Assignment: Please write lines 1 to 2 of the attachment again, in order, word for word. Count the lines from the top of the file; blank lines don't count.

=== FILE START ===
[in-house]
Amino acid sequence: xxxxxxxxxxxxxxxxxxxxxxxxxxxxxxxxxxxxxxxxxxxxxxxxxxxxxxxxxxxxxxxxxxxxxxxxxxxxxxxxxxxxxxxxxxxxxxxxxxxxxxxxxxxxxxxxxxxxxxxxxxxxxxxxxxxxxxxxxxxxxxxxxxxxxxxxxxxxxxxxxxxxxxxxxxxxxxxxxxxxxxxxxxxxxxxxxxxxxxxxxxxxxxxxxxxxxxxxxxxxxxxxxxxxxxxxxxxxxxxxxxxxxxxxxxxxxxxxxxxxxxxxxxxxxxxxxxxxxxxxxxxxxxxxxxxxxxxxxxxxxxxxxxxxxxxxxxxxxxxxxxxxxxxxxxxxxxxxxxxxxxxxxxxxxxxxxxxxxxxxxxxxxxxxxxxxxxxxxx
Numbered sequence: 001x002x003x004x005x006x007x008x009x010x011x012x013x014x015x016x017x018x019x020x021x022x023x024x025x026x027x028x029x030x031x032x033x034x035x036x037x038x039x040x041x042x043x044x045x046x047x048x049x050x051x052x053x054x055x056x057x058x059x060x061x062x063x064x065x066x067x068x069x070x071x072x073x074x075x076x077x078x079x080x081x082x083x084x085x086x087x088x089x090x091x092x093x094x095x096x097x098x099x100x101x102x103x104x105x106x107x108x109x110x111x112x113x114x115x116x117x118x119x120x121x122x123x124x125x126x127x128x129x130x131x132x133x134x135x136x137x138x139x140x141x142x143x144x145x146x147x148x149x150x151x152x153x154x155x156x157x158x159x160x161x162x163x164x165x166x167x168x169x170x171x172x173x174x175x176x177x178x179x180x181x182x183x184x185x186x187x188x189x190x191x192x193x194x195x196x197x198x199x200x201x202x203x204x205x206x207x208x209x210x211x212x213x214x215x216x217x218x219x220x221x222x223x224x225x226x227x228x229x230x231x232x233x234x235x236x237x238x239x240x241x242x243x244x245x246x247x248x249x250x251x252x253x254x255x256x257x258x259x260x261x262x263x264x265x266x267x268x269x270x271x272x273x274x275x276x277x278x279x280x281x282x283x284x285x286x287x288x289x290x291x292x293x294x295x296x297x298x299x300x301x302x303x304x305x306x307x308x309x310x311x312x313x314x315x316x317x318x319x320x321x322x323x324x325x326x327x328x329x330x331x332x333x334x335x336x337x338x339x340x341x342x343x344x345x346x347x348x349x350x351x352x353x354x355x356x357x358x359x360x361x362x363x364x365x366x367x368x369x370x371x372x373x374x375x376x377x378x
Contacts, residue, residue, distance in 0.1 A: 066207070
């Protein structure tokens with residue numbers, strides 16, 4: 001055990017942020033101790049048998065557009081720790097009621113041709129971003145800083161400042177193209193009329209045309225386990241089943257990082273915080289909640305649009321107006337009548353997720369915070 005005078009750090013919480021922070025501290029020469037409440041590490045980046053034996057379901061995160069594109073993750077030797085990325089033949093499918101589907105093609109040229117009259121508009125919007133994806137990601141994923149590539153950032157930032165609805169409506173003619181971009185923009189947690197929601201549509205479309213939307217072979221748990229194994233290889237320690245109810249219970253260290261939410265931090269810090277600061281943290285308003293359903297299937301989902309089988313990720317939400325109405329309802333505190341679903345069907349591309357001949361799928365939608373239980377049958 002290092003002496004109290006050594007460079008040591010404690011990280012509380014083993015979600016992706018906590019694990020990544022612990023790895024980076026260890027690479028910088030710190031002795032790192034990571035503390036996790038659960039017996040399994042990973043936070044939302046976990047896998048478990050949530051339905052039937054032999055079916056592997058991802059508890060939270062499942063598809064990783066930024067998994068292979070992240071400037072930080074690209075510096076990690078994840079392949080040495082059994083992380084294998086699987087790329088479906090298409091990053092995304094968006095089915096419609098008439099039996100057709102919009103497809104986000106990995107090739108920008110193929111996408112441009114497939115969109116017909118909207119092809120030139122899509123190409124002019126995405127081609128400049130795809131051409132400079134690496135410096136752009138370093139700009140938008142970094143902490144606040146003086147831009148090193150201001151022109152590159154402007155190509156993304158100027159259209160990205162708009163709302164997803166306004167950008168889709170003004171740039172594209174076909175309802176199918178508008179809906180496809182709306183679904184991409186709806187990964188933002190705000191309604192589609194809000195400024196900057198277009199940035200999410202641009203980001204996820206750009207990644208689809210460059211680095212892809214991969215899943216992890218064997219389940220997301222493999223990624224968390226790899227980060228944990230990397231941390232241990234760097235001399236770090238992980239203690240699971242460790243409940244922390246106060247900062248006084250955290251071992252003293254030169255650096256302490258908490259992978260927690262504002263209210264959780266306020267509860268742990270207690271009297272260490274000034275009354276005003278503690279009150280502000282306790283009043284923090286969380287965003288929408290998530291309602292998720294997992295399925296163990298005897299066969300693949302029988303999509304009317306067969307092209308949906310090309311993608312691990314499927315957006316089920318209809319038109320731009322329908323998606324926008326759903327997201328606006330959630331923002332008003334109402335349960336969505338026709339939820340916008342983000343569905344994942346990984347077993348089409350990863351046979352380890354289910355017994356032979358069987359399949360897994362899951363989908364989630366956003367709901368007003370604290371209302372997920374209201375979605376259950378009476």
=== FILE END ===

[in-house]
Amino acid sequence: xxxxxxxxxxxxxxxxxxxxxxxxxxxxxxxxxxxxxxxxxxxxxxxxxxxxxxxxxxxxxxxxxxxxxxxxxxxxxxxxxxxxxxxxxxxxxxxxxxxxxxxxxxxxxxxxxxxxxxxxxxxxxxxxxxxxxxxxxxxxxxxxxxxxxxxxxxxxxxxxxxxxxxxxxxxxxxxxxxxxxxxxxxxxxxxxxxxxxxxxxxxxxxxxxxxxxxxxxxxxxxxxxxxxxxxxxxxxxxxxxxxxxxxxxxxxxxxxxxxxxxxxxxxxxxxxxxxxxxxxxxxxxxxxxxxxxxxxxxxxxxxxxxxxxxxxxxxxxxxxxxxxxxxxxxxxxxxxxxxxxxxxxxxxxxxxxxxxxxxxxxxxxxxxxxxxxxxxxx